Leila Tai of New York City will be the first person to tell you that in order to take on the ancient technique of plique-à-jour enameling, it helps to be a little crazy. But looking at the delicately shimmering scrollwork that brings color and life to her Spanish Garden bracelet, there's no doubt that there is a definite method to this jeweler's creative madness.
Unlike its cousin cloisonné, where the enamels are placed on top of a base and fired, a completed plique-à-jour piece is open on both sides, the enamel suspended within the metal framework like a beautiful piece of stained glass. To create the design, Tai places washed and cleaned glass powder into gold frames with tools ranging from tiny brushes to dental picks. The results rely on how the melting glass and the metal react in the kiln, and how the two adhere. Fired to 1,500F/815C, both elements expand and contract at different rates, making the process very much a mixture of art and science.
Because that adhesion can be hampered by oxidation, Tai uses metal that is either relatively close to pure, or alloys that are low in copper content. "When I started I was using 22k gold," she says. "It's not totally pure, but the copper in it is so minimal the oxidation disappears after several firings. When you have oxidation in the metal, the glass pulls away from it and stops the piece from having nice, close contact."
Creating a plique-à-jour piece requires several rounds of firing. "Especially when you're filling every single area," Tai explains. "The first firing is never perfect because you have to keep filling the holes with more glass."
In this bracelet, a sterling silver fan component encases seven enameled tapered partitions of 18k green gold-Tai's current alloy of choice, a blend of 75 percent gold and 25 percent pure silver. Tai fabricated the gold elements and had the silver fan component cast by her collaborator, New York City-based metalsmith David Butler. (He also hand-forged the wrist section of the bracelet.) Tai enameled the partitions, set each section with four 0.01 carat diamonds, and then turned over the task of assembling the top section of the bracelet to Butler.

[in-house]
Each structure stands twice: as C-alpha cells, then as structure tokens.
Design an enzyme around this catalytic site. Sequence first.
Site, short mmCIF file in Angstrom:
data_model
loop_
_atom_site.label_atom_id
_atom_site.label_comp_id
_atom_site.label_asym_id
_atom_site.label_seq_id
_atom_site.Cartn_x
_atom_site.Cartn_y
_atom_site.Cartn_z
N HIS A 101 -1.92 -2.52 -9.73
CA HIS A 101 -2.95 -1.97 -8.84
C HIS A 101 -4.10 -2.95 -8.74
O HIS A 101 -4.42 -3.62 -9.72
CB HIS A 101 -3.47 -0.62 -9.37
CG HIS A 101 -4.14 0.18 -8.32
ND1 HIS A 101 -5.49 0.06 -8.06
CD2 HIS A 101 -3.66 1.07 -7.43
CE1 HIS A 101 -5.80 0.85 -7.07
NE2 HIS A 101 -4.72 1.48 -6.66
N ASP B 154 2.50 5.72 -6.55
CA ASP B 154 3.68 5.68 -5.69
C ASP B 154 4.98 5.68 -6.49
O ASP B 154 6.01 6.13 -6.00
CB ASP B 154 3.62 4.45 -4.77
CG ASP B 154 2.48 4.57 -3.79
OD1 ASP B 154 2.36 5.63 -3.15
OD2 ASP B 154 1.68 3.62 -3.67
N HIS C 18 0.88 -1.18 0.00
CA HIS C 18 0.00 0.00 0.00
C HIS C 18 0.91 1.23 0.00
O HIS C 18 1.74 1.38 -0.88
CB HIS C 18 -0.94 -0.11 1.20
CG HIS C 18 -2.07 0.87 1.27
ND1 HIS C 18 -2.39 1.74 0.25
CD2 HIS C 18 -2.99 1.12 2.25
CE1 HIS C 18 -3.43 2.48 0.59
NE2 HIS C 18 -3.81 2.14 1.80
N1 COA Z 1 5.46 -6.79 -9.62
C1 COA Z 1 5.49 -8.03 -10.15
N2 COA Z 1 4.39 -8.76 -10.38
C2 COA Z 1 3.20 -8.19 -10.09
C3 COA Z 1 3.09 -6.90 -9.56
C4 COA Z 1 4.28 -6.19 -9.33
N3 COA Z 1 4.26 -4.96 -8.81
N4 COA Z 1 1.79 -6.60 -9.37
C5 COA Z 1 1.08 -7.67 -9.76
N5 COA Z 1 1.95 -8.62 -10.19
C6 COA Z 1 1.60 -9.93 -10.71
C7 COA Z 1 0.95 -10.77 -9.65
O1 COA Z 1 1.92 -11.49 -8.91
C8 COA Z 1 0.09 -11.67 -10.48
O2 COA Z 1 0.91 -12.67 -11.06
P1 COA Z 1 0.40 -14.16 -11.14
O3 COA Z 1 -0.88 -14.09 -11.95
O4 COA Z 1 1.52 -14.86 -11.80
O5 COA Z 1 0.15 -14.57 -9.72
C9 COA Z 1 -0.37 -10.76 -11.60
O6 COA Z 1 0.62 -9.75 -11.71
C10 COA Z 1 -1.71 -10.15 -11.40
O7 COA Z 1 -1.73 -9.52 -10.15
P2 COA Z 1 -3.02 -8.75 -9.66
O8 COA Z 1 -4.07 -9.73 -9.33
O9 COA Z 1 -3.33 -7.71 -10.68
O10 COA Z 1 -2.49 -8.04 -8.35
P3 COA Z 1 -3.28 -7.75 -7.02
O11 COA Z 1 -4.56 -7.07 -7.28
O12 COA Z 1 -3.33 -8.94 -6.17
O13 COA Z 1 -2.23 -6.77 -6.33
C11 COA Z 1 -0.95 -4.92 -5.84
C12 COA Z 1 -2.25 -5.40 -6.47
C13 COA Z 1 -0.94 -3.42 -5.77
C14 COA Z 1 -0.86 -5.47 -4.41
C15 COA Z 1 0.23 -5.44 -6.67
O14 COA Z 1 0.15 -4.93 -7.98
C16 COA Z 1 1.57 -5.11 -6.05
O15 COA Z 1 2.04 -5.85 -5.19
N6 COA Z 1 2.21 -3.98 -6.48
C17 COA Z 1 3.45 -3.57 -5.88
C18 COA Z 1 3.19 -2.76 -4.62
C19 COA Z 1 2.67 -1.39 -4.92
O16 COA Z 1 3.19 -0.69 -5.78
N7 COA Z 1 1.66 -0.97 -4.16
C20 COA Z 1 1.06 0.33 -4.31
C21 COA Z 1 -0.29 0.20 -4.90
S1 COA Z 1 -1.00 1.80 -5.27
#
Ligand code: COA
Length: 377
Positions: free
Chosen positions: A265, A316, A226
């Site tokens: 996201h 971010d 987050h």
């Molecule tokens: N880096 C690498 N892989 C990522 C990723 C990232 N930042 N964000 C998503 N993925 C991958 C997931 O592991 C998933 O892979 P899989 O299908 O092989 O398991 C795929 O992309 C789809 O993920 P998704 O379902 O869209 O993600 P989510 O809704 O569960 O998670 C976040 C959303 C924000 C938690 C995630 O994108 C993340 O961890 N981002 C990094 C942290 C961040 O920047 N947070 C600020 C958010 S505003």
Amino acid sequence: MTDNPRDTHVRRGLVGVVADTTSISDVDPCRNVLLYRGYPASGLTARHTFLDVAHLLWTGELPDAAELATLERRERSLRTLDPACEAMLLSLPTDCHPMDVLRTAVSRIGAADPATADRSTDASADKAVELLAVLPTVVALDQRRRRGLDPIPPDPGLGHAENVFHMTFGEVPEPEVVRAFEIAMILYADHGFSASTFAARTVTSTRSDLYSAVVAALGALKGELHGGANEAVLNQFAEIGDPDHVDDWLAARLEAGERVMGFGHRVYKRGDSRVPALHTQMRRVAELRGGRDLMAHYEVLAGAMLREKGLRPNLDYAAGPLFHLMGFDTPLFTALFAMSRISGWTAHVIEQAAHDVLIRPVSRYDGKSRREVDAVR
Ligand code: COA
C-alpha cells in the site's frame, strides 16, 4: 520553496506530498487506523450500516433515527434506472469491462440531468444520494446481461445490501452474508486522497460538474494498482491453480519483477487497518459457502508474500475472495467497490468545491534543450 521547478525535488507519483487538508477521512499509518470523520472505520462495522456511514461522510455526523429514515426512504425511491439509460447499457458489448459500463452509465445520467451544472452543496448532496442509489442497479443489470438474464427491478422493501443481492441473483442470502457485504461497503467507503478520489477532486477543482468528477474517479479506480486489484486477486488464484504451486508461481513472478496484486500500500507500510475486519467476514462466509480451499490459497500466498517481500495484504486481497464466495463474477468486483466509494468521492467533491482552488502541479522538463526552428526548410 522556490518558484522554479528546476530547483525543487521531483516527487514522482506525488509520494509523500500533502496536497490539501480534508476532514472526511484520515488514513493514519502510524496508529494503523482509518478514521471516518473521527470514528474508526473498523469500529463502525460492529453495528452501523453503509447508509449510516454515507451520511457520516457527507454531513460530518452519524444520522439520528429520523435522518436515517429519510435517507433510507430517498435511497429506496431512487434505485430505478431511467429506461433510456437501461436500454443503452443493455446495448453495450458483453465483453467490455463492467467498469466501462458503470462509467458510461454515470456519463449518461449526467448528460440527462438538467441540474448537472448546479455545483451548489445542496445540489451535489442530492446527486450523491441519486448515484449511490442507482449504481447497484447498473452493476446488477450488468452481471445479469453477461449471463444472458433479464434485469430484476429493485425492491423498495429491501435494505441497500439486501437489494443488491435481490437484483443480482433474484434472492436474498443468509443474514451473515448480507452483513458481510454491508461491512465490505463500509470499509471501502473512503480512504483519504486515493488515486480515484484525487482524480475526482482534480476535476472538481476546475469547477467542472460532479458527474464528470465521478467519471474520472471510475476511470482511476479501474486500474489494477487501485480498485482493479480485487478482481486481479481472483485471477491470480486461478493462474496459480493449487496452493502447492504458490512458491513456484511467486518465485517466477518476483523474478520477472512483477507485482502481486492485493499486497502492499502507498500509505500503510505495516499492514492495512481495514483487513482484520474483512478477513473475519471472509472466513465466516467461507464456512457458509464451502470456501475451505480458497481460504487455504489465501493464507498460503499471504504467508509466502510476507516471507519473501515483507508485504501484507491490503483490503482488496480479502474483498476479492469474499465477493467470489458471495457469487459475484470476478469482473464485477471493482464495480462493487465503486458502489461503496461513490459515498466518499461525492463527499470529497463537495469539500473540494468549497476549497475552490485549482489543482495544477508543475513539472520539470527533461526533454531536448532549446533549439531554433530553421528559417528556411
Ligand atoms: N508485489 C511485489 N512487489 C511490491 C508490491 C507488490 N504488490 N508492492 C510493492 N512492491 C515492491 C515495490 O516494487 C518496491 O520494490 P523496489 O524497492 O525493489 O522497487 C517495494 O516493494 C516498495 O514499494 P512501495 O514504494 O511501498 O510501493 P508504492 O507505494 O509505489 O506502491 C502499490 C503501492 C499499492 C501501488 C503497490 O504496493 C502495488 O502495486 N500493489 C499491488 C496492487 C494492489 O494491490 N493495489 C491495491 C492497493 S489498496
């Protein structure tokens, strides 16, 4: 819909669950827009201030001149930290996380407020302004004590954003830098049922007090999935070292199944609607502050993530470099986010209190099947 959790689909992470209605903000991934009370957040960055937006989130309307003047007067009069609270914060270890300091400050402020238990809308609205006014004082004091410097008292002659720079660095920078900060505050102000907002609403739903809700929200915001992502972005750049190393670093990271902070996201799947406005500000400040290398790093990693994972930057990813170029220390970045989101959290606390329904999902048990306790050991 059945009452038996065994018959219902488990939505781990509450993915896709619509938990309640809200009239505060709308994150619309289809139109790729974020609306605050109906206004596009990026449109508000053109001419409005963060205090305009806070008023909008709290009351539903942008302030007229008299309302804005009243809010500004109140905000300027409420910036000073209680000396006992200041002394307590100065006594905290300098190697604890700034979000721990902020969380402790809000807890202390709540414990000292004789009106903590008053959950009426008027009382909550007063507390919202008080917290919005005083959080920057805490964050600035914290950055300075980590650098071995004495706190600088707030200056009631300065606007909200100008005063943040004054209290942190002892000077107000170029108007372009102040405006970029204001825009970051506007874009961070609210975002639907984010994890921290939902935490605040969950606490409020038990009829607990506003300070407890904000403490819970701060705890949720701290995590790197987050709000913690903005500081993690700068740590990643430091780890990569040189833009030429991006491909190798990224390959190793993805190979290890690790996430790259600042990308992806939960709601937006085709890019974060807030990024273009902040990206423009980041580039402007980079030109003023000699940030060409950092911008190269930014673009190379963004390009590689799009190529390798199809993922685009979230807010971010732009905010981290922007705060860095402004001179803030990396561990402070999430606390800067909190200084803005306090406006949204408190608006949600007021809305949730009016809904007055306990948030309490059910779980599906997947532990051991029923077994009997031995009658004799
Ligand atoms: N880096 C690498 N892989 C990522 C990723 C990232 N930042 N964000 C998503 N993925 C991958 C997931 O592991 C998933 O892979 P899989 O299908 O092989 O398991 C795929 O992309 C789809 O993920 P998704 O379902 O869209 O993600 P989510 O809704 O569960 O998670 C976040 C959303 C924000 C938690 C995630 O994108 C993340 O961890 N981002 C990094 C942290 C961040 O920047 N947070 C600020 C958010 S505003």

"In the wax for the frame, I [had] created an undercut for the tip of each partition," Butler explains. "Near the wide end, I left a lump of wax that [when cast] becomes a kind of prong. Because of that preparation, the actual setting of the gold sections went like a breeze."
While the plique-à-jour technique is extremely time consuming-in this piece, for example, Tai created only two sections per eight-hour workday-Tai has recently found that she can skip one typical step, saving time without sacrificing aesthetics.
"When I started, I would complete the piece by lapping the enamels to a shiny finish," she says. On her "Wings of Color" collection of enameled insects, lapping a single butterfly wing could take up to three hours. "With this piece, I decided not to lap them and just leave the natural finish that comes out of the firing. It brings out the playfulness of the filigree and scrollwork."